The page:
Linux IDS/Firewall

Posted on 2006-06-17
Last Modified: 2010-03-17
What I'm trying to do is configure my Linux box as an IDS/Firewall box. I have two nics and also enabled ipv4 forwarding on the machine. I was hoping that this is all that I need but it isnt. My goal is to just have the machine pass packets from eth0 to eth1 and visa versa so I can use the IDS to pick up intrusions from my router to my internal machines. The router is a Cisco 2611 and is configured to do nat on the inside so I don't need to make the linux box into another nat/router. I just want to pass the packets between the nics. Any ideas?
Question by:jasonbrown17

Expert Comment

ID: 16929219
ipv4 forwarding is enough to make the packets pass between the two nics, however you have to make sure you've setup your routing correctly.

I assume your linux box will have a default gateway on the Cisco 2611, and any computers/devices connected to eth1 will have your linux box as their default gateway. In such a scenario, and assuming your iptables FORWARD table has no restrictions (check /sbin/iptables -nL FORWARD) everything should work as you need to.

You can then customise the iptables chains to create a firewall according to your requirements.

With regards to the IDS, I recommend snort ( I'd suggest a separate box for IDS, which won't be an actual router, but rather a passive listening box in the network you want to monitor.

Hope this helps.

Author Comment

ID: 16929975
So in essence, the linux box does have to become the default gateway for the internal machines?  Thats where I was getting confused then because I didn't think that by doing this I would have it also do routing,  it would just pass the packets between the nic's and there would be no layer 3 invloved.  Then by doing this will I have to enable an internal protocol also that goes between the Cisco router and the linux box?

Also, my understanding was that every nic on a linux machine is set up in promiscous mode by default which would allow grabing the packets out of the air easy.  But, I have a 2950 switch that everything is hooked into.  Since they are all hooked into a switch those packets will never be sent to the linux box, unless otherwise called by that machine.  In all reality at that point by making a stand alone machine that don't have packets going through it make it a host ids and not a network ids?  If thats not the case then I'll just leave it the way my network is set up now and continue setting up my ACL's on the router and be done with it.  The network IDS was the ultimate goal I had in mind, doing the firewall rules with iptables was just a bonus.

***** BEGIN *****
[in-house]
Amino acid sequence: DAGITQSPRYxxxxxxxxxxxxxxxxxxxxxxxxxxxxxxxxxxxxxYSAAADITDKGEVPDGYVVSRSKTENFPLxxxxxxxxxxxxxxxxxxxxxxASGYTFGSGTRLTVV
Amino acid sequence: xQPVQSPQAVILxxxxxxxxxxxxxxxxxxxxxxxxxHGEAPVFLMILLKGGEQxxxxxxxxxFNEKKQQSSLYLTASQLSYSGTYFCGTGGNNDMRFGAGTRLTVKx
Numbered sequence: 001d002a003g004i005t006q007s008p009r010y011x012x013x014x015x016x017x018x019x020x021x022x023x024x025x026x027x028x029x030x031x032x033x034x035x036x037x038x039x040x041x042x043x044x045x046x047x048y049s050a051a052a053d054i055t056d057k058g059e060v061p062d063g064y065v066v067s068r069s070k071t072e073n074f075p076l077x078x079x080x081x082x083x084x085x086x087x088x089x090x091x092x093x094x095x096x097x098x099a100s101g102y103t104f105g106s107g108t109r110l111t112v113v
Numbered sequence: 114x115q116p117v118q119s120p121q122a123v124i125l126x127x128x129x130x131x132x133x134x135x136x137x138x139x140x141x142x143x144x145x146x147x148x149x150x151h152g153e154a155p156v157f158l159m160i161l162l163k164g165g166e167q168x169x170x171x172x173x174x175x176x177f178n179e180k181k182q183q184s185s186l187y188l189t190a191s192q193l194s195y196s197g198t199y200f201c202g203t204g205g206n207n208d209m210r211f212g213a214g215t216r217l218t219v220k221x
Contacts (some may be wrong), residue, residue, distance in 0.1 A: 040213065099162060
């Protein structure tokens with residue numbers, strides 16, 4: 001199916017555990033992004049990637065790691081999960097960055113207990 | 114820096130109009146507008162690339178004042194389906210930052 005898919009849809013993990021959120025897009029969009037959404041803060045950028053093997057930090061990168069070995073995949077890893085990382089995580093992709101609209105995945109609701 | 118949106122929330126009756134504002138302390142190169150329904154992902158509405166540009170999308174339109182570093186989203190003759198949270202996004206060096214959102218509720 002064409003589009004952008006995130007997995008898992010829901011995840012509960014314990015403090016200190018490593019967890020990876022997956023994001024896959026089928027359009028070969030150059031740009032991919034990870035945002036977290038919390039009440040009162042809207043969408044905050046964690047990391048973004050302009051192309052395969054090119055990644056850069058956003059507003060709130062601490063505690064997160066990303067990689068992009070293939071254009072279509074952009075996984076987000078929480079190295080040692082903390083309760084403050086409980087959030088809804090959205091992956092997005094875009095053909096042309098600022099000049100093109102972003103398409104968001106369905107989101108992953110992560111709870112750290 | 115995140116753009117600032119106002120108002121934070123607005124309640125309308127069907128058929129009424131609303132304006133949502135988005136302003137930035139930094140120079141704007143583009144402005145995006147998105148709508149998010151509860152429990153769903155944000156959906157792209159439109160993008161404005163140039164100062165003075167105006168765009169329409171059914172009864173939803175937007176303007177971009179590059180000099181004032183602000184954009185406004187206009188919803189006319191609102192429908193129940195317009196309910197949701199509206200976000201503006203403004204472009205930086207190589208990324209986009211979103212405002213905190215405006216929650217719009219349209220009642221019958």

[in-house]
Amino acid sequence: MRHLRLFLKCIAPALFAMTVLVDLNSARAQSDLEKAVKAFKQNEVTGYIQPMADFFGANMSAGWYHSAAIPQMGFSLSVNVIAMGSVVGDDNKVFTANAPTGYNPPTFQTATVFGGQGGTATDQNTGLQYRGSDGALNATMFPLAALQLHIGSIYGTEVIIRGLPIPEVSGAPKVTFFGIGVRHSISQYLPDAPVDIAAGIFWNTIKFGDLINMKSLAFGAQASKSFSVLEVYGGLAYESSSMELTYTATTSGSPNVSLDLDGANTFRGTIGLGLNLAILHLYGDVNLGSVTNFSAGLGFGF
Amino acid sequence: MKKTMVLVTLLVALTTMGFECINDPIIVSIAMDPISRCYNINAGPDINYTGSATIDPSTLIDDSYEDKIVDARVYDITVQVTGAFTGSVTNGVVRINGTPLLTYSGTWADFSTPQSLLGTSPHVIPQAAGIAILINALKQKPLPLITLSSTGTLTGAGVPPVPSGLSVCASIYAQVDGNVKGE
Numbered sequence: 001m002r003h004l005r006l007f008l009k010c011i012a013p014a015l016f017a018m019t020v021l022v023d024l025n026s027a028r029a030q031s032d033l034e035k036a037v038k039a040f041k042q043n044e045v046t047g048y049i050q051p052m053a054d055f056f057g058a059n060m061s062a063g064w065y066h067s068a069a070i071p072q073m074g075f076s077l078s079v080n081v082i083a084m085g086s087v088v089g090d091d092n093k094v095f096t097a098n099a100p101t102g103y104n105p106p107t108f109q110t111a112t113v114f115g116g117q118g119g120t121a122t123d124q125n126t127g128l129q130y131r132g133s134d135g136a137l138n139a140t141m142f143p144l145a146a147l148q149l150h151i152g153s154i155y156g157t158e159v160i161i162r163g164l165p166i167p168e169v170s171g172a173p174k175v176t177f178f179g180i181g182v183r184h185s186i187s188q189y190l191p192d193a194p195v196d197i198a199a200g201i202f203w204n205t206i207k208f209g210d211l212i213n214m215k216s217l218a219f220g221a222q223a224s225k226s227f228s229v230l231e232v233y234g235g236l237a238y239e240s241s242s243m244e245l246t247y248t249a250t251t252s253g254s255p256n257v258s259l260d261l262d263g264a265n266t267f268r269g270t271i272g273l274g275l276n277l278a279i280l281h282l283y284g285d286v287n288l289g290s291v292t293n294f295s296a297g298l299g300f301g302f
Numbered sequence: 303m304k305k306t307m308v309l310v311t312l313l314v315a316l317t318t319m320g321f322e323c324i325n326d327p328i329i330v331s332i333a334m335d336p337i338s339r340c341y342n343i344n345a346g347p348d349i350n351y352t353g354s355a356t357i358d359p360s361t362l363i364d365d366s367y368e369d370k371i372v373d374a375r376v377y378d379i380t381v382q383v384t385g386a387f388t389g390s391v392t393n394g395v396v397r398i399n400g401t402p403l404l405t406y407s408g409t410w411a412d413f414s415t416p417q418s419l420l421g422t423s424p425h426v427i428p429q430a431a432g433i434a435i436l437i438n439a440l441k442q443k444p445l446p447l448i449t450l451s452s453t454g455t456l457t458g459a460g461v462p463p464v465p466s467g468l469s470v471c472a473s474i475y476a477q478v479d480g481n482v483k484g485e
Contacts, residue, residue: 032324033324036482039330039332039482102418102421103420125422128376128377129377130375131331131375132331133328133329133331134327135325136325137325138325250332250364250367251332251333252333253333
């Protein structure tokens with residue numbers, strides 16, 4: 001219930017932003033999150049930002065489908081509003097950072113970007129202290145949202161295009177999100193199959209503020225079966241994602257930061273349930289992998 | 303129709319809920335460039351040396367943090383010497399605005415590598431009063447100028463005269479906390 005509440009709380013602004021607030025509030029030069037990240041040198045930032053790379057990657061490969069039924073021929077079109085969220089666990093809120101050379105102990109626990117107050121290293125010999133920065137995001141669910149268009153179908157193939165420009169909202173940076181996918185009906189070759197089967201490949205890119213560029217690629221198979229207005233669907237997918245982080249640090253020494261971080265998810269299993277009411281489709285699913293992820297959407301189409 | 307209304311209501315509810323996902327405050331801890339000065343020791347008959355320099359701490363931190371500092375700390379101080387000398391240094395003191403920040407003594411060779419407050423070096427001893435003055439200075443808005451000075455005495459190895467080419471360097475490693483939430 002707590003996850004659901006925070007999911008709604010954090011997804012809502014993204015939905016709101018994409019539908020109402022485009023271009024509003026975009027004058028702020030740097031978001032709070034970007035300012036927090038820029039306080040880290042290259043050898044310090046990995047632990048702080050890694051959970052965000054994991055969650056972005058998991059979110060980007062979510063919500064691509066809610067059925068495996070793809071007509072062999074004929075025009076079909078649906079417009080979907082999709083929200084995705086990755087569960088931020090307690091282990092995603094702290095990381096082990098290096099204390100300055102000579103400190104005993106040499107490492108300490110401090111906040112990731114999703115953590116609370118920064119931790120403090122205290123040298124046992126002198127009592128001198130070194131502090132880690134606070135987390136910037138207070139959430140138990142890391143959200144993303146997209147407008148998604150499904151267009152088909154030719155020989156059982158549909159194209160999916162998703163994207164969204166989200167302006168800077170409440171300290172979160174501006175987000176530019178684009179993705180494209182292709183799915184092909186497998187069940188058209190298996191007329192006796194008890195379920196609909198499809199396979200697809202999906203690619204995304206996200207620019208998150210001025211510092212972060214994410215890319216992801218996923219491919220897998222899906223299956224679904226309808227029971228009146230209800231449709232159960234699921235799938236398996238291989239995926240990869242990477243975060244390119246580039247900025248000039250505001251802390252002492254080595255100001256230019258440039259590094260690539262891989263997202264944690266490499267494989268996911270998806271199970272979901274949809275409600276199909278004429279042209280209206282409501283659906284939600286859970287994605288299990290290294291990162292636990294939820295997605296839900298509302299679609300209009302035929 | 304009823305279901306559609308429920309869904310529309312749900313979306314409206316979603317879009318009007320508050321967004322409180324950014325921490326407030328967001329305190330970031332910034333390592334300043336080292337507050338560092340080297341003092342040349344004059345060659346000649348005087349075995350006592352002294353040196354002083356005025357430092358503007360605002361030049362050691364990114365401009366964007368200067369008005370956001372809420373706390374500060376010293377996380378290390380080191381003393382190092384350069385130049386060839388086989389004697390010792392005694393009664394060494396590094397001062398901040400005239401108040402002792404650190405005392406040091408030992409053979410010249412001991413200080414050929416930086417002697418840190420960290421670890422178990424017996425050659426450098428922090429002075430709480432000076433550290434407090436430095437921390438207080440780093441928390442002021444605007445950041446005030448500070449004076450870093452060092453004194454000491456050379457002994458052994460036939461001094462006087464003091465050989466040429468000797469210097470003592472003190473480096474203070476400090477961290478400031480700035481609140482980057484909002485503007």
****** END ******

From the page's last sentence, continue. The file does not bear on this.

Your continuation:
Thanks for your help.
LVL 57

Expert Comment

ID: 16930768
In order to do what you want you need this setup:

  LAN <---> Switch <---> Linux box <---> Router

This is the normal setup for firewalls anyway.  The firewall is physically between your internal network and the external network.

However,  if you only want the Linux box to do IDS (not IPS, not be a firewall, just plain IDS) there are two other options.  You  could setup a SPAN session on your switch with the source port being the port that the router is on and the targe port being the Linux box.  The other option is to connect a HUB to the switch and then connect the Linux box and the router to the HUB.
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Author Comment

ID: 16930921
Hubs are not an option and yes that is the setup that I had in mind.

Basically this is how it goes.  Comes in from the modem to e0/0 on the router with outside nat, then goes to e0/1 with nat inside.  From there it goes to the Linux box through a crossover cable to eth0, then redirects back out to eth1 and goes to the switch.  Then there is a Win2k3 machine handing out DNS and DHCP.
LVL 57

Expert Comment

ID: 16931295
For this:

 LAN <---> Switch <---> Linux box <---> Router

If you want to use iptables as a firewall, then Linux MUST be invloved at layer 3, the IP layer.  The Linux box becomes the default router for your LAN and your Linux box point to your Internet router as its default route.

Depending on your envirment you can either leave NAT on the router or have NAT be done on the Linux box.  

There is a "How To" on how to setup a Linux box as a Bridge and a firewall:

Expert Comment

ID: 16939678
check out 

It is a dedicated firewall/router linux os that has all you want already setup  with a web interface

Author Comment

ID: 16962761
Is there a way to allow ids machine to span across all the ports on the switch?  Meaning, since the switch is only allowing packets to flow from the incoming interface to the specified port requesting it, could I allow those packets to go to two different ports?  
LVL 57

Accepted Solution

giltjr earned 350 total points
ID: 16963731
Assuming you have NO current span sessions:

     monitor session 1 source fa0/1-fa0/23 both
     monitor session 1 destination fa0/24

Will setup span session #1.  It will copy all traffic received or sent on interfaces fa0/1-fa0/23 and copy it to fa0/24.  If you have a span session you will most likely want to clear it first.

This is an EXAMPLE.  You need to deterimine what you want to do. As you seem to have a single switch, all traffic is going to and coming from the ports on this switch.  Which means if you had a 24 port switch and did the above, your IDS box would see everything TWICE.  As a packet would be considered outbound on one port and inbound on another.

If you want to clear a span session it would be:

     no monitor session 1


Author Comment

ID: 16963920
Ok, thanks I will try that.

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